Editor's note: Occasionally what looks at first glance to be a conventional guidebook transcends the genre in surprising ways. John T. Edge's Southern Belly is just such a read, which is why I'm pleased that he has allowed us to excerpt selected items from it on Serious Eats, where they appear every other week. —Ed Levine
By John T. Edge | Jane Barton, whom everyone seems to call the Mayonnaise Queen, has been on her feet since 4:30 this morning. Her gray hair is fashionably coiffed. She wears a paisley smock over Bermuda shorts. Her reading glasses dangle from a gold herringbone necklace. This is her 49th year of service at the Waffle Shop, a Lenten-only canteen set in the basement of Calvary Episcopal Church in downtown Memphis, Tennessee. "I've been making mayonnaise for 45 of those years," she says. "I took over when the lady who was supposed to make it broke her leg."
Service to Calvary by local belles is a long tradition. The ladies tell of the early years, back in the late 1920s, when the shop bordered an alley known as the Whiskey Chute, the water for washing and drinking was drawn from corner hydrants, and cooking was done on coal stoves. They talk of the grande dames of their day who dressed for midday services in couture and heels but descended to the basement kitchen postsermon, donning protective rain slickers, and stirring up waffles and chicken hash, corned beef and cabbage, shrimp mousse, fish pudding, and tomato aspic, the latter three embellished by a niggardly flourish of homemade mayonnaise.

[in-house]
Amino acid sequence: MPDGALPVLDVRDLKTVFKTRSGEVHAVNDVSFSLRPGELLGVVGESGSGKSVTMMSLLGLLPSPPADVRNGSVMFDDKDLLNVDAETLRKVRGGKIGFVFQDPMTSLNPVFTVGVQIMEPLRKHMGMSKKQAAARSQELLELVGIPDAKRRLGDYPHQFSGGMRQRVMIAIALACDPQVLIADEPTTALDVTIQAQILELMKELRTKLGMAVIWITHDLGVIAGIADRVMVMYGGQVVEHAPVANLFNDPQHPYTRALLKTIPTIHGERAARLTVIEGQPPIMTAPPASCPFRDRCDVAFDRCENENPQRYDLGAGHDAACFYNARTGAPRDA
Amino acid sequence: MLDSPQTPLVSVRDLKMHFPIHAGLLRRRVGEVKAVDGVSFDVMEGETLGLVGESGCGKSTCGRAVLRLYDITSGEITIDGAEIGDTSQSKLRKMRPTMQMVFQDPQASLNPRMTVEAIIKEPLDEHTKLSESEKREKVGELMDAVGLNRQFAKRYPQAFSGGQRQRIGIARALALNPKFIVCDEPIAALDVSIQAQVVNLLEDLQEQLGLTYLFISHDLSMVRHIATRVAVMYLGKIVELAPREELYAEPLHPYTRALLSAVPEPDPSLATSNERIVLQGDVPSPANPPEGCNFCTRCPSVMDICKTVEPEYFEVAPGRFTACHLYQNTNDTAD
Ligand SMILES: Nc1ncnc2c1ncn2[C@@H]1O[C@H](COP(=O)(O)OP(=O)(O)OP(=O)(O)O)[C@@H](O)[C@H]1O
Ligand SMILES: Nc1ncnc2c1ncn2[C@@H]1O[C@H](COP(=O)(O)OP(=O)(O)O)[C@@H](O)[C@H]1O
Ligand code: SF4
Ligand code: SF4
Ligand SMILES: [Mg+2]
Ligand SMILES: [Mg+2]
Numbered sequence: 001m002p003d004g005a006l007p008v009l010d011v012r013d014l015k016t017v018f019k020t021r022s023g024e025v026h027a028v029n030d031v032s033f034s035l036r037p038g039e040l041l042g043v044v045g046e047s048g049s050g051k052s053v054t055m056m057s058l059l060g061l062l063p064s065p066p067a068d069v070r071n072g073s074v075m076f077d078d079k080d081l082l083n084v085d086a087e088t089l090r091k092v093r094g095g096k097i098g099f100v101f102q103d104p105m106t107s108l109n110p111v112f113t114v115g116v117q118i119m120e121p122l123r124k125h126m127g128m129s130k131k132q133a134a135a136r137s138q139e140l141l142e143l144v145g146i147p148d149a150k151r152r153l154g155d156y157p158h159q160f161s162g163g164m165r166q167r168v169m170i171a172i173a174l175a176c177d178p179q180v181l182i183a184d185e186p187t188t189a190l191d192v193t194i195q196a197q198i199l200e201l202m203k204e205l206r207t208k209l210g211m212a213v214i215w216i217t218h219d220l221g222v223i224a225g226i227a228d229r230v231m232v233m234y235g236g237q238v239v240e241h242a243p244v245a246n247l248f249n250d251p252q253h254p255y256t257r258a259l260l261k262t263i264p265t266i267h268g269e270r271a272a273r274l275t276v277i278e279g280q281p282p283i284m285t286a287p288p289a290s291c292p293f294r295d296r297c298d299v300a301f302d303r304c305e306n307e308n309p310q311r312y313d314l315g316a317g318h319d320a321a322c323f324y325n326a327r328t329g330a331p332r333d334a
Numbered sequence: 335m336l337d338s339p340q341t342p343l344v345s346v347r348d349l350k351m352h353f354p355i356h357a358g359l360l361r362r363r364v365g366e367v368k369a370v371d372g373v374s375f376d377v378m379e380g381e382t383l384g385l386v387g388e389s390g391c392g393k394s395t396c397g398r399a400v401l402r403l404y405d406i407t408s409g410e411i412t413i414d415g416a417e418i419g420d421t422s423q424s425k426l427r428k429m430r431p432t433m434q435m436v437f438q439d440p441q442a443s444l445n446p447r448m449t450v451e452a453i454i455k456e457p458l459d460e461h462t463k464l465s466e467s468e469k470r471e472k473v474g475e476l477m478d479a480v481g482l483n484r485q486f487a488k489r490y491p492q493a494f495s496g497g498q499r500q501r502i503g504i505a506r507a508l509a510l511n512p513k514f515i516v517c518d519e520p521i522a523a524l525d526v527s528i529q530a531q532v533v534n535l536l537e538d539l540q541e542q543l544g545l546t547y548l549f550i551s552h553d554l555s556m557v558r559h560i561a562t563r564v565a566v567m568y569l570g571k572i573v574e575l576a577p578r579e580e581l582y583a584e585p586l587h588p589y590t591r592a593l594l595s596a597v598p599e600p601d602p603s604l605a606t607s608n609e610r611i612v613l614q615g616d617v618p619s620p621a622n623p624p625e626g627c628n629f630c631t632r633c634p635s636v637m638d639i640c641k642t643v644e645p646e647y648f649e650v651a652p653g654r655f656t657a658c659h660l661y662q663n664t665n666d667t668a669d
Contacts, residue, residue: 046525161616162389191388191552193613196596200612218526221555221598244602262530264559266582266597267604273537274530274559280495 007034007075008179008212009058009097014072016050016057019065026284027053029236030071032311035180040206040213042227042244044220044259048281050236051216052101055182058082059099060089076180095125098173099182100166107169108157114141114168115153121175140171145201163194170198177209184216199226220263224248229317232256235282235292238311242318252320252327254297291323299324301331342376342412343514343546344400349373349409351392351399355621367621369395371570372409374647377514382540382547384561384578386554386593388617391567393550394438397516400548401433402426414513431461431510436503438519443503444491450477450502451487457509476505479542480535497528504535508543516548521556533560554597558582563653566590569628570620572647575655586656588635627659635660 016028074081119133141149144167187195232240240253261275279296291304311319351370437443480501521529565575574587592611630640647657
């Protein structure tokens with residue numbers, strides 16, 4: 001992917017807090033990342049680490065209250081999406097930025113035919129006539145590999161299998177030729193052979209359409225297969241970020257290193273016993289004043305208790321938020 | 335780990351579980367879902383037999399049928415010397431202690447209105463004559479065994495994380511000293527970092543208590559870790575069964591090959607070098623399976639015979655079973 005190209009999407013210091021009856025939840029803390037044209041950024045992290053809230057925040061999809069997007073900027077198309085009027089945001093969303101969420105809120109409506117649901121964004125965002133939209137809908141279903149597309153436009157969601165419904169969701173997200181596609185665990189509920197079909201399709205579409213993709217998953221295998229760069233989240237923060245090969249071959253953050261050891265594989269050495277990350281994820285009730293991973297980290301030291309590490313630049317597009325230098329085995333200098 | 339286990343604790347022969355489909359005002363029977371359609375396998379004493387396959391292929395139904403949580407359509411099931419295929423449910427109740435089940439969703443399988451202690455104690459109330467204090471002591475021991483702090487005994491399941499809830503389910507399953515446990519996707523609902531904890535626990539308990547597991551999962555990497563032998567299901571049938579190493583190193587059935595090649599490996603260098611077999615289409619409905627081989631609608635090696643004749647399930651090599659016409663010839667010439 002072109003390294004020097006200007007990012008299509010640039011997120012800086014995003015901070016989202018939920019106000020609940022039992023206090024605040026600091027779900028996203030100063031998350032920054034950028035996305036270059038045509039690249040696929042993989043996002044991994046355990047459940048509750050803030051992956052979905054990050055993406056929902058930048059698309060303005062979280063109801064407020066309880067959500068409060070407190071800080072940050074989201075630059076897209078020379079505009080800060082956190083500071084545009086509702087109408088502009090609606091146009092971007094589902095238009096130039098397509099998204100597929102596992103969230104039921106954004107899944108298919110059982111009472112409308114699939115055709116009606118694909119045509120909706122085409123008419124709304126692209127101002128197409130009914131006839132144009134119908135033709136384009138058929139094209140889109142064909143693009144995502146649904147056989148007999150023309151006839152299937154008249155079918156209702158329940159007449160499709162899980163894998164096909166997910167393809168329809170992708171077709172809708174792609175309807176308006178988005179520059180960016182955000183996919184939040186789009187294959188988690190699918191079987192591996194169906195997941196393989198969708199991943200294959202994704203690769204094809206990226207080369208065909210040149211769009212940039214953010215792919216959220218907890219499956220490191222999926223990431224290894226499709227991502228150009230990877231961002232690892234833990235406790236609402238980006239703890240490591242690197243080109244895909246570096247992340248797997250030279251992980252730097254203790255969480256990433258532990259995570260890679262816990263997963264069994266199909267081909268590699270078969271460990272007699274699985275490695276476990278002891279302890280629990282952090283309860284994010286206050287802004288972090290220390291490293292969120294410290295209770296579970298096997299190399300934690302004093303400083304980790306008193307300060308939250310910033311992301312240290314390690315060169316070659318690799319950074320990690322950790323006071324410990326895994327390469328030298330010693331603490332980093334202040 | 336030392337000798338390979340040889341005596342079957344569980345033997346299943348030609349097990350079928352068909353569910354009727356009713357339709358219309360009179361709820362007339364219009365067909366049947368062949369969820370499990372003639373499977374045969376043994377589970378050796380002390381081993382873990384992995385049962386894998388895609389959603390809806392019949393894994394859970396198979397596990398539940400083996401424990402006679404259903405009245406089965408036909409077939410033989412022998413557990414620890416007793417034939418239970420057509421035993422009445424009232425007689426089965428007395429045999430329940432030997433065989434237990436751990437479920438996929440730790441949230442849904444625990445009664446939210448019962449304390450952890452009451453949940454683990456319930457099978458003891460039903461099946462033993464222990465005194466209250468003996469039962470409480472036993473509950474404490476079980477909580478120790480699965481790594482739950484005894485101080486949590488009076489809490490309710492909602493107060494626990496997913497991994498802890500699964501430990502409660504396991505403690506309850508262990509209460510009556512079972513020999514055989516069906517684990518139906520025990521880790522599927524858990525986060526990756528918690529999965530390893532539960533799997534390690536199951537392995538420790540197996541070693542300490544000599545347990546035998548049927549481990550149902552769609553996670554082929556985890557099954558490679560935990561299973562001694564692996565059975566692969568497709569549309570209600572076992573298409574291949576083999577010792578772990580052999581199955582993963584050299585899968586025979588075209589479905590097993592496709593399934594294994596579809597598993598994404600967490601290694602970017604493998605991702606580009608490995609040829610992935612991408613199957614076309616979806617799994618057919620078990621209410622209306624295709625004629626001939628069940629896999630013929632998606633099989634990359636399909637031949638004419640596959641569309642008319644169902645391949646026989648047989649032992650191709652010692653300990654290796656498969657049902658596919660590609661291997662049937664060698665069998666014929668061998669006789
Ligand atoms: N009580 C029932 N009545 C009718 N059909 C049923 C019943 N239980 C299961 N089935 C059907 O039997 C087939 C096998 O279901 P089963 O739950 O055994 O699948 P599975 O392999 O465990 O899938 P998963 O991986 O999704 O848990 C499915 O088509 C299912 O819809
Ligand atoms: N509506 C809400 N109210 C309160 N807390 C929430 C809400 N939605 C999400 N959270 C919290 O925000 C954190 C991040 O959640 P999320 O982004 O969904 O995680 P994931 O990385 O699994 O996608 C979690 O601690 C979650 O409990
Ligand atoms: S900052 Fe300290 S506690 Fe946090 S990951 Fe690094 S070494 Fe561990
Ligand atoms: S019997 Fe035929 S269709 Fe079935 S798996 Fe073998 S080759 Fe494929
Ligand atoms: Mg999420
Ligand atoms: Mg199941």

The waffles alone are worth a pilgrimage. Cooked on home kitchen irons by a crew at the rear of the dining room, within sight of inspirational plaques with messages like "Bloom Where You Are Planted," they are vaguely sweet and almost crisp. Drenched with Calvary hash, a brown sauce stew of dark-meat chicken, they earn a place in the pantheon of comfort foods. But the ladies-who-lunch salads are the exemplars. Order a jiggly wedge of tomato aspic topped with a cotton boll of chicken salad and you will taste the best of white-glove cookery. Plus, they seem to be a bit more generous with the luxe mayo when you order that double-decker.
One more thing to keep in mind: In 2004, Thomas Pavlechko, Calvary's choirmaster, premiered his "Ode to the Calvary Waffle Shop." Sung to the tune of "My Favorite Things" from The Sound of Music, it includes such memorable stanzas as:
Waffles with sausage and hash made with chicken, Historic foods that we serve from our kitchen; Creole with shrimp and some giblets with rice, Gumbo and turnip greens: isn't that nice?
On a recent visit, I was lucky enough to eat aspic as Pavlechko banged out the tune on an upright Kimball and the voices of the congregation rose in tribute.
CALVARY WAFFLE SHOP
Address: 102 North Second Street, Memphis TN 38103 (map)
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